Debate rages over controversial beneficiary sanction

Benedict Collins
Source: 1News

The Government is concerned it is harming large numbers of children by cutting their parents' benefits over outstanding arrest warrants and is looking to scrap the sanction.

Social Development Minister Carmel Sepuloni told 1News the Government is concerned kids are suffering as a result of this sanction.

"Obviously it makes it even harder for them (children).

"We're always worried about the impact the sanctions will have on children," she said.

The Green Party's social development spokesperson Ricardo Menéndez March said: "It's really concerning that the Government is consciously choosing to harm children when they themselves have expressed concern".

The Greens want the Government to suspend the use of the sanction immediately to prevent more children being harmed before it is scrapped.

"It is irresponsible to be sitting on all this information and yet continue to harm our children."

New Zealand $10 note.

Sepuloni said if she was able to she would scrap the sanction immediately but the Government isn't legally able to suspend it and she's waiting for officials to do more policy work first.

"There's always been concerns about the welfare system being mixed up with the justice system, also who is impacted by this, like many of the sanctions it's disproportionately Māori," she said.

'There's lots of things I would like to do immediately with regards to the Welfare Expert Advisory Groups recommendations but I can't do everything all at once."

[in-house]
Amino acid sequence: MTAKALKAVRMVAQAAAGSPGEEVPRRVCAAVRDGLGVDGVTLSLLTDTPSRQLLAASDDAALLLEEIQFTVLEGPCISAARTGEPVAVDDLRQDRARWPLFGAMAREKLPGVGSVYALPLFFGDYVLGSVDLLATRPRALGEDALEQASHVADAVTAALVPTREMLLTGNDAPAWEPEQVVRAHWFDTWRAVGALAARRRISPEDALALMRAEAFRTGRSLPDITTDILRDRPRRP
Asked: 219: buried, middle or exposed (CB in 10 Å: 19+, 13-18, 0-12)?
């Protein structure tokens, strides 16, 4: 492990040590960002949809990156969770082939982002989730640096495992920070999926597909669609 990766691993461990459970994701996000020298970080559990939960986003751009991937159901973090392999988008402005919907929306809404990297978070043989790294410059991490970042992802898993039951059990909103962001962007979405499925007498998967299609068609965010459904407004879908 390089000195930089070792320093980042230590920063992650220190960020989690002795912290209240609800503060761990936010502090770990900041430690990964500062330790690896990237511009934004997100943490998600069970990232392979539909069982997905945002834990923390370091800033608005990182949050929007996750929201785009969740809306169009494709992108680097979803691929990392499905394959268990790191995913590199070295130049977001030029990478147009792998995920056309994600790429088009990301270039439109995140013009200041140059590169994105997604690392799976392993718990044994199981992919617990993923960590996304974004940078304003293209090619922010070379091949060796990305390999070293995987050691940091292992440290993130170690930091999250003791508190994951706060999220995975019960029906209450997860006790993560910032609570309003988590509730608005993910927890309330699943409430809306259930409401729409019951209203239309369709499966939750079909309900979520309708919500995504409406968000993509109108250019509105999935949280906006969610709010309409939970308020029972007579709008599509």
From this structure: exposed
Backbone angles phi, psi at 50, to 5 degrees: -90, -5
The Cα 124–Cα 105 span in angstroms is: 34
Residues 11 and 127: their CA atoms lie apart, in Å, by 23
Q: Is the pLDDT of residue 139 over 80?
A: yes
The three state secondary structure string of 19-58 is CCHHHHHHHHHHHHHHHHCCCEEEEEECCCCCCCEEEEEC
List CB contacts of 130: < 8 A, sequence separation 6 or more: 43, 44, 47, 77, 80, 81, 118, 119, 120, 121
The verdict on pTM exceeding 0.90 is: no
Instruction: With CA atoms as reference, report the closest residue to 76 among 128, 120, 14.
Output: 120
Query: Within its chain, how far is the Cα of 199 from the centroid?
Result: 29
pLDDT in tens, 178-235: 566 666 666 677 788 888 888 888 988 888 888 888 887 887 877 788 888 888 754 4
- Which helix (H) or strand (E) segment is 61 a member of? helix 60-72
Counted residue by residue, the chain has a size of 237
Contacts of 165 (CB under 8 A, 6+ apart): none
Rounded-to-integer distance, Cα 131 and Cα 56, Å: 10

She said the Labour Government has scrapped two sanctions already due to concerns about their disproportionate impacts on women and Māori.

In the first nine months of 2021, 45 Pasifika parents were hit with a warrant to arrest sanction, 63 New Zealand European parents were too, while 459 Māori parents had been hit with the sanction over the same time.

The Government doesn't know how many children are affected.

The Māori Party co-leader Debbie Ngarewa-Packer told 1News that the sanction was cruel and being enforced in a blatantly racist manor.

"Why do you have to starve children out, why do you have to starve whanau out to be able to be able to contact and communicate with them?" Ngarewa-Packer asked.

In 2013, as Labour's social development spokesperson, Jacinda Ardern said this sanction painted beneficiaries as criminals "with warrants out for their arrest" and went against everything Labour stands for.

The use of the warrant to arrest sanction has nearly doubled since Labour entered office in 2017, with more than 4000 issued last year, and it looks set to remain for a while longer yet.

National's social development spokesperson Louise Upston said the warrant to arrest sanction has been incredibly effective.

"We urge the Government not to remove this sanction because its been incredibly successful at getting people who have a warrant out for their arrest back to court."

But Auckland Action Against Poverty's Brooke Pao Stanley told 1News cutting someone's benefit puts them in survival mode and forces them into crime.

Stanley told 1News children in families who get sanctioned miss out on food, doctor visits, have to skip school and have their mental health damaged.